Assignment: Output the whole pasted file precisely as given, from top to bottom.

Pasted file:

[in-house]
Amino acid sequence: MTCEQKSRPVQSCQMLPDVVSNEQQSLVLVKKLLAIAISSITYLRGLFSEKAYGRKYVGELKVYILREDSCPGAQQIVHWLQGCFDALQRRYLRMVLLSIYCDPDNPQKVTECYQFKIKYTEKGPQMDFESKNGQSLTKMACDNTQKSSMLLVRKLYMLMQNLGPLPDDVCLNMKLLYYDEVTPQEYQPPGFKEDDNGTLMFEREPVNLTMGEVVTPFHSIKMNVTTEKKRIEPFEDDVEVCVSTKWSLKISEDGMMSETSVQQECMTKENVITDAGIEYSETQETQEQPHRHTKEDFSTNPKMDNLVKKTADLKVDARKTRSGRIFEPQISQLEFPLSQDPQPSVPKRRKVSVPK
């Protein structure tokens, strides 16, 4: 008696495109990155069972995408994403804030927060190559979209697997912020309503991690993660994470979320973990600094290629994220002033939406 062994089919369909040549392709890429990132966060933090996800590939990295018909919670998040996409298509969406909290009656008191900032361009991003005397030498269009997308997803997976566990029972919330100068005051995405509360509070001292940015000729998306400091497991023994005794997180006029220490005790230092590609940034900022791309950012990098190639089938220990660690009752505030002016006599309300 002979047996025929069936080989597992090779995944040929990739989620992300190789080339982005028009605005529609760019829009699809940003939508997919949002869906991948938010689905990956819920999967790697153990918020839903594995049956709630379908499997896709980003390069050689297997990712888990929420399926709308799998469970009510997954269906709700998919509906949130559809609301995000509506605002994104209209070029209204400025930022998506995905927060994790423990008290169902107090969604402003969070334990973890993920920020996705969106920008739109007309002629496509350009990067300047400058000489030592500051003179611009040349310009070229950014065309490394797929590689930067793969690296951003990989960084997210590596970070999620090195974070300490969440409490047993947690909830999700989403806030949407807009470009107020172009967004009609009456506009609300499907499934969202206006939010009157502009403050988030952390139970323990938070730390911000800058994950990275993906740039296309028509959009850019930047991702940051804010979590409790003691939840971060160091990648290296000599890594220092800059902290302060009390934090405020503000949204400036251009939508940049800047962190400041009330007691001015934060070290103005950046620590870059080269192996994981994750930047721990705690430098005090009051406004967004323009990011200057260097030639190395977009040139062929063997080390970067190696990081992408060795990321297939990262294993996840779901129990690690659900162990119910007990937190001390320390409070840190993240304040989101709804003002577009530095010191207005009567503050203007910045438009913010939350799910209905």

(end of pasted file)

[in-house]
Amino acid sequence: MTCEQKSRPVQSCQMLPDVVSNEQQSLVLVKKLLAIAISSITYLRGLFSEKAYGRKYVGELKVYILREDSCPGAQQIVHWLQGCFDALQRRYLRMVLLSIYCDPDNPQKVTECYQFKIKYTEKGPQMDFESKNGQSLTKMACDNTQKSSMLLVRKLYMLMQNLGPLPDDVCLNMKLLYYDEVTPQEYQPPGFKEDDNGTLMFEREPVNLTMGEVVTPFHSIKMNVTTEKKRIEPFEDDVEVCVSTKWSLKISEDGMMSETSVQQECMTKENVITDAGIEYSETQETQEQPHRHTKEDFSTNPKMDNLVKKTADLKVDARKTRSGRIFEPQISQLEFPLSQDPQPSVPKRRKVSVPK
């Protein structure tokens, strides 16, 4: 008696495109990155069972995408994403804030927060190559979209697997912020309503991690993660994470979320973990600094290629994220002033939406 062994089919369909040549392709890429990132966060933090996800590939990295018909919670998040996409298509969406909290009656008191900032361009991003005397030498269009997308997803997976566990029972919330100068005051995405509360509070001292940015000729998306400091497991023994005794997180006029220490005790230092590609940034900022791309950012990098190639089938220990660690009752505030002016006599309300 002979047996025929069936080989597992090779995944040929990739989620992300190789080339982005028009605005529609760019829009699809940003939508997919949002869906991948938010689905990956819920999967790697153990918020839903594995049956709630379908499997896709980003390069050689297997990712888990929420399926709308799998469970009510997954269906709700998919509906949130559809609301995000509506605002994104209209070029209204400025930022998506995905927060994790423990008290169902107090969604402003969070334990973890993920920020996705969106920008739109007309002629496509350009990067300047400058000489030592500051003179611009040349310009070229950014065309490394797929590689930067793969690296951003990989960084997210590596970070999620090195974070300490969440409490047993947690909830999700989403806030949407807009470009107020172009967004009609009456506009609300499907499934969202206006939010009157502009403050988030952390139970323990938070730390911000800058994950990275993906740039296309028509959009850019930047991702940051804010979590409790003691939840971060160091990648290296000599890594220092800059902290302060009390934090405020503000949204400036251009939508940049800047962190400041009330007691001015934060070290103005950046620590870059080269192996994981994750930047721990705690430098005090009051406004967004323009990011200057260097030639190395977009040139062929063997080390970067190696990081992408060795990321297939990262294993996840779901129990690690659900162990119910007990937190001390320390409070840190993240304040989101709804003002577009530095010191207005009567503050203007910045438009913010939350799910209905």